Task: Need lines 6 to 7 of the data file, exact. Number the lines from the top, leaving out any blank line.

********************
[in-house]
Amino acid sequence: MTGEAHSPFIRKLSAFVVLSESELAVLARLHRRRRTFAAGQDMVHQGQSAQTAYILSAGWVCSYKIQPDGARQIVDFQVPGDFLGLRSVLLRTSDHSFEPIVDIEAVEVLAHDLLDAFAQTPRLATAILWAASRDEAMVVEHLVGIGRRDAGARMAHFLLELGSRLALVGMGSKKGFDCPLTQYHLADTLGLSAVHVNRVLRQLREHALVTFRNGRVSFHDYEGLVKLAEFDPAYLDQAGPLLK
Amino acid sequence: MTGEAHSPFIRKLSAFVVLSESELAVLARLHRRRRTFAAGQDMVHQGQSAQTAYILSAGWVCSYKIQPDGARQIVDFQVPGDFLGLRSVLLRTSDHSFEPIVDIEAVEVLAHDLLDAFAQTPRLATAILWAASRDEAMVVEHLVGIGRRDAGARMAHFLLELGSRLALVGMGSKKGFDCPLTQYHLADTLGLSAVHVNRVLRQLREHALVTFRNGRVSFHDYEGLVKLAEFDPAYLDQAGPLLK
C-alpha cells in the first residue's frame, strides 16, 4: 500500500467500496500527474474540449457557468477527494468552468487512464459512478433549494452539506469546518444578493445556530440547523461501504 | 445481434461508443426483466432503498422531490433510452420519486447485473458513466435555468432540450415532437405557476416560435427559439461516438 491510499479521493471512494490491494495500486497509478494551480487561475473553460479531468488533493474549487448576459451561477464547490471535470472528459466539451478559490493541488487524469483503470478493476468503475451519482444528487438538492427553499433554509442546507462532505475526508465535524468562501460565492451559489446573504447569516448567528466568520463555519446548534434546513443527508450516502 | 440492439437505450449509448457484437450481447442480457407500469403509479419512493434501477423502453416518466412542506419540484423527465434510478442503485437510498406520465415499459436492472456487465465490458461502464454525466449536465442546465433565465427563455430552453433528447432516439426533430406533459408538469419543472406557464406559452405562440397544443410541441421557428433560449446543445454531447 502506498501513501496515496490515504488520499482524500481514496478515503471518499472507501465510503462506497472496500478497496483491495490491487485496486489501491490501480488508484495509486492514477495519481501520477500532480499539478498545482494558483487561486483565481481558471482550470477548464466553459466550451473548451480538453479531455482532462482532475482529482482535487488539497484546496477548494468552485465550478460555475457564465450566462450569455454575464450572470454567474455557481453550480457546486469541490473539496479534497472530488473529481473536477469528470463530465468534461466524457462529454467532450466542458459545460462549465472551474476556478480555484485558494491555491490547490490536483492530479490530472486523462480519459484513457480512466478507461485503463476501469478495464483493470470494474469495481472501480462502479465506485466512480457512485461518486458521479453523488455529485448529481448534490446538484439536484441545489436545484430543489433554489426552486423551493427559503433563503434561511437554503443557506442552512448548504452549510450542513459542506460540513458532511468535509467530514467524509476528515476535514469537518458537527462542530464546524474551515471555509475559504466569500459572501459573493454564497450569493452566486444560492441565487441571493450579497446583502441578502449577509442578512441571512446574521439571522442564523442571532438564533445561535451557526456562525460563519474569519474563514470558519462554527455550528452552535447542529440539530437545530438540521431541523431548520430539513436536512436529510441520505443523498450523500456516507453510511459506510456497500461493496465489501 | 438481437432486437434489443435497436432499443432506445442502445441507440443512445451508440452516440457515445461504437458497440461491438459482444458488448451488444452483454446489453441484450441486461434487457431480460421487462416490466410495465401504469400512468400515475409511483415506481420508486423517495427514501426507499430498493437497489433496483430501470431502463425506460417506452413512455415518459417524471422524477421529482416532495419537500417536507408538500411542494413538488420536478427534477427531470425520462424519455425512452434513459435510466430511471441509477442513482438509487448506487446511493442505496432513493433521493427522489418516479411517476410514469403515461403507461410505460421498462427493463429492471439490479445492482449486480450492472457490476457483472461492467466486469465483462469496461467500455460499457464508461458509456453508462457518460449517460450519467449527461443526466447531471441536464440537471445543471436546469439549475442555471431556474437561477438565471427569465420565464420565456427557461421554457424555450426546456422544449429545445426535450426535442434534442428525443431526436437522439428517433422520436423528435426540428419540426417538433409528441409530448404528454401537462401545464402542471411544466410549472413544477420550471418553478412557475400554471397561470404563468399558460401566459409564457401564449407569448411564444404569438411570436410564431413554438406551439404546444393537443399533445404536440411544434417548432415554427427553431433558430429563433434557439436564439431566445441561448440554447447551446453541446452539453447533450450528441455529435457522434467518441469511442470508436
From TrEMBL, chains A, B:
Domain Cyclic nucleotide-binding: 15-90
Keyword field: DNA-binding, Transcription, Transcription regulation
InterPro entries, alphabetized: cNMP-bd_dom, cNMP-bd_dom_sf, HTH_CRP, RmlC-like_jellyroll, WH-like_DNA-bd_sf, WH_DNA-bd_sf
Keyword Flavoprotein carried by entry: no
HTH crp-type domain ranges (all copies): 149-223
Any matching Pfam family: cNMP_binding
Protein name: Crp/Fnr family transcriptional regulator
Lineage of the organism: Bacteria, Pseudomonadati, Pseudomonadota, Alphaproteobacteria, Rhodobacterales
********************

Domain Cyclic nucleotide-binding: 15-90
Keyword field: DNA-binding, Transcription, Transcription regulation